Presentation on theme: "Diversity in the Workplace. Advantages of Diversity in the Workplace. More creativity in solving problems. Greater innovation. Higher productivity. Better."— Presentation transcript:
Advantages of Diversity in the Workplace. More creativity in solving problems. Greater innovation. Higher productivity. Better relationships with global customers. Targeted marketing campaigns. More customers. Greater profits. Larger talent pool of workers. Increased community involvement and support. Better communication. More supportive work environment.
Types of Diversity in the Workforce Aging workers Immigrants Race Sex Disabilities Changing Families
Discrimination Defined The act, practice, or instance of making a difference in treatment or favor on a basis other than merit; the act of discriminating categorically or by group, rather than individually; the results of a prejudiced or prejudicial outlook, action, or treatment.
Stereotypes Often begins at home. Children observe attitudes and hear jokes and negative comments about “outsiders” Born of fear and ignorance
Types of Stereotypes Disabilities-people fear the disable because of fear they might become disable themselves. Sex-men and women must treat each other as equals, avoiding inappropriate touching, jokes, or offensive comments. Age-never hold misguided beliefs about people of different ages. Race-unfamiliarity and fear can lead to conflicts on the job.
Ageism and Generation Differences Ageism can be defined as "any attitude, action, or institutional structure which subordinates a person or group because of age or any assignment of roles in society purely on the basis of age“ Ageism, however, is different from other "isms" (sexism, racism etc.), for primarily two reasons. First, age classification is not static. An individual's age classification changes as one progresses through the life cycle. Second, no one is exempt from at some point achieving the status of old, and therefore, unless they die at an early age, experiencing ageism
1980-2000: Millennials or Generation Y Tech-Savvy: Generation Y grew up with technology and rely on it to perform in school and their jobs better. Family-Centric: The fast-track has lost much of its appeal for Generation Y who is willing to trade high pay, flexible schedules and a better work/life balance. Achievement-Oriented: Nurtured and pampered by parents who did not want to make the mistakes of the previous generation, Generation Y is confident, ambitious and achievement-oriented. Team-Oriented: As children, Generation Y participated in team sports, play groups and other group activities. They value teamwork and seek the input and affirmation of others. Attention-Craving: Generation Y craves attention in the forms of feedback and guidance. They appreciate being kept in the loop and seek frequent praise and reassurance.
1965-1979: Generation X Individualistic: Generation X came of age in an era of two-income families, rising divorce rates and a faltering economy. Women were joining the workforce in large numbers, spawning an age of “latch-key” children. As a result, Generation X is independent, resourceful and self-sufficient. Technologically Adept: The Generation X mentality reflects a shift from a manufacturing economy to a service economy. The first generation to grow up with computers, technology is woven into their lives.. Flexible: Many Gen Xers lived through tough economic times in the 1980s and saw their workaholic parents lose hard-earned positions. Thus, Generation X is less committed to one employer and more willing to change jobs to get ahead than previous generations. Value Work/Life Balance: Unlike previous generations, members of Generation X work to live rather than live to work. They appreciate fun in the workplace and espouse a work hard/play hard mentality.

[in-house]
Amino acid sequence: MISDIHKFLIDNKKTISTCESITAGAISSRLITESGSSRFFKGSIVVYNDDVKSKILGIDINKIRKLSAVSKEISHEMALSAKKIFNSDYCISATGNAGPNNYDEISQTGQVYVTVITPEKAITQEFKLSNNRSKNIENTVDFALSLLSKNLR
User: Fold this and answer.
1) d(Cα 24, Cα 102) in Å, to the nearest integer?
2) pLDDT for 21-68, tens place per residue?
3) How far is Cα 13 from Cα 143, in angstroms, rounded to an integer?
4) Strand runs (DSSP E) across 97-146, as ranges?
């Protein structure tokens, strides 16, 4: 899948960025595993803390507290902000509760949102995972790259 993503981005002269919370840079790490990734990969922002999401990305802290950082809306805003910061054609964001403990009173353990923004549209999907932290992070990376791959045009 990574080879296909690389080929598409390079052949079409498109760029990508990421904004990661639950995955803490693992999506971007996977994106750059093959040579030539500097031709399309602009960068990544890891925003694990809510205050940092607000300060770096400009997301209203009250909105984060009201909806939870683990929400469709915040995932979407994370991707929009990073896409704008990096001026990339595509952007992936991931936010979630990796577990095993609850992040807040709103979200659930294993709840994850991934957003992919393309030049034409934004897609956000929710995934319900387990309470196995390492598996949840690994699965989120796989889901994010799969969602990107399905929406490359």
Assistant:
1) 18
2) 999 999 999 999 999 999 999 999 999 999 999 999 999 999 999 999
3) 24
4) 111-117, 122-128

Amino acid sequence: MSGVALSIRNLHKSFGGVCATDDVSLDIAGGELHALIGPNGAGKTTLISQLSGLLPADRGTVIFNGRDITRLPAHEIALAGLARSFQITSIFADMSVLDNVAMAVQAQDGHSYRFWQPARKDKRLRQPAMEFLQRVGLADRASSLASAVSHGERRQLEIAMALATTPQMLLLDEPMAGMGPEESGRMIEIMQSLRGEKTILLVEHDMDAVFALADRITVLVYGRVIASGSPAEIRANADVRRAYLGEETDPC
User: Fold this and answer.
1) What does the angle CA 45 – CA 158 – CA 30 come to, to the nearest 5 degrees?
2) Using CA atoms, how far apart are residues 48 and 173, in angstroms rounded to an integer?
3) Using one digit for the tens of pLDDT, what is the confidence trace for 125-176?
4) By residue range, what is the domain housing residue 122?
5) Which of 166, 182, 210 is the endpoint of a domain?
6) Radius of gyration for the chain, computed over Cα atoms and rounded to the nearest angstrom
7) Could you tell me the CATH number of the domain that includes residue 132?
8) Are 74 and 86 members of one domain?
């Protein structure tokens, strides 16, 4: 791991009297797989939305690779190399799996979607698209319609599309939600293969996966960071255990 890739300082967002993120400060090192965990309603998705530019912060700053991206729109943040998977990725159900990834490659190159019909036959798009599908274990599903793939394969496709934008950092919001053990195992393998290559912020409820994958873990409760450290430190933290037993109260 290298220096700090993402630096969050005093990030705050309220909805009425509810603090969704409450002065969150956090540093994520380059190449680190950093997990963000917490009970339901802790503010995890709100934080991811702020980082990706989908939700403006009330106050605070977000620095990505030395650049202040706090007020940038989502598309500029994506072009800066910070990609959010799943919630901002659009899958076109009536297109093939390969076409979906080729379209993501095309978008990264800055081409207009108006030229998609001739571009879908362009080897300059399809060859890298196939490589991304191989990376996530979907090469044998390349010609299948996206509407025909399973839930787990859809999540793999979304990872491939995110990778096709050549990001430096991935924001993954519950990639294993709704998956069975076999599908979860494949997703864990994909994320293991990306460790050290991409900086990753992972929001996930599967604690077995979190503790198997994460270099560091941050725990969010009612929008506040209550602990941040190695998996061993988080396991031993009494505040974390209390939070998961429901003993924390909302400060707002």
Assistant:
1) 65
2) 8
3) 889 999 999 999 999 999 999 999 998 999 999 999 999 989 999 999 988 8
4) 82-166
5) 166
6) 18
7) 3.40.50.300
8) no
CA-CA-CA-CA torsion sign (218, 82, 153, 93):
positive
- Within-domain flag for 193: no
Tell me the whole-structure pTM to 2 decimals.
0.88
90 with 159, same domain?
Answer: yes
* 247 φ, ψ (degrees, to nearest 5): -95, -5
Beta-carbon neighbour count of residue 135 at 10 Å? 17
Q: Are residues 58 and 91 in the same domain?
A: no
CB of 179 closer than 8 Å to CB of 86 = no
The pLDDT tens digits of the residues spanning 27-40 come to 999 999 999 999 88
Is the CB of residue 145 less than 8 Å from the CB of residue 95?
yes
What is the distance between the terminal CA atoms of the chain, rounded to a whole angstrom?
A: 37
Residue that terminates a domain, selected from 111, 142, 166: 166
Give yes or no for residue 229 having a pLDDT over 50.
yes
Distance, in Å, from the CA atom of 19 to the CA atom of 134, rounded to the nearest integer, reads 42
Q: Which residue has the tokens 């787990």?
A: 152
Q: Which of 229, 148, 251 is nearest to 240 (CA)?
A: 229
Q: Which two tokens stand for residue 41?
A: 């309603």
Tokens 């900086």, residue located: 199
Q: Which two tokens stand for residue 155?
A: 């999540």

1946-1964: Baby Boomers Work-Centric: Baby Boomers are extremely hardworking and motivated by position, perks and prestige. Baby Boomers relish long work weeks and define themselves by their professional accomplishments. Independent: Baby Boomers are confident, independent and self-reliant. This generation grew up in an era of reform and believe they can change the world. Goal-Oriented: With increased educational and financial opportunities than previous generations, Baby Boomers are achievement-oriented, dedicated and career-focused. Competitive: Since Baby Boomers equate work and position with self-worth, they are quite competitive in the workplace.
1925-1945: Silent Generation Values 1. Believe in conformity, authority and rules 2. Believe in logic 3. Very defined sense of right and wrong 4. Loyalty and respect for authority Attributes 1. Disciplined 2. View an understanding of history as a way to plan for the future 3. Dislike conflict 4. Detail oriented Work style 1. Consistency and uniformity 2. Seek out technological advancements
1900-1924: G.I. Generation They have been labeled as "The Greatest Generation" by Tom Brokaw. They grew up in the Great Depression and have made significant contributions during World War II. They are also sometimes called "Generation Firsts" for being pioneers in several fields such as the first to use the word "teenagers“ in the American language. This generation is also the first to grow up in an environment where there are child labor restrictions, vitamins, and public playgrounds.
1. How can an employer help workers to diminish stereotypical beliefs? 2. What can employees do to overcome stereotypes on the job? 3. How can a company reduce communication barriers among workers? 4. Describe ways that language or culture can affect communication 5. What kinds of problems might young and old workers face when working together on a team assignment? 6. How can a non-disabled worker prepare to work on a team with a worker who is disabled?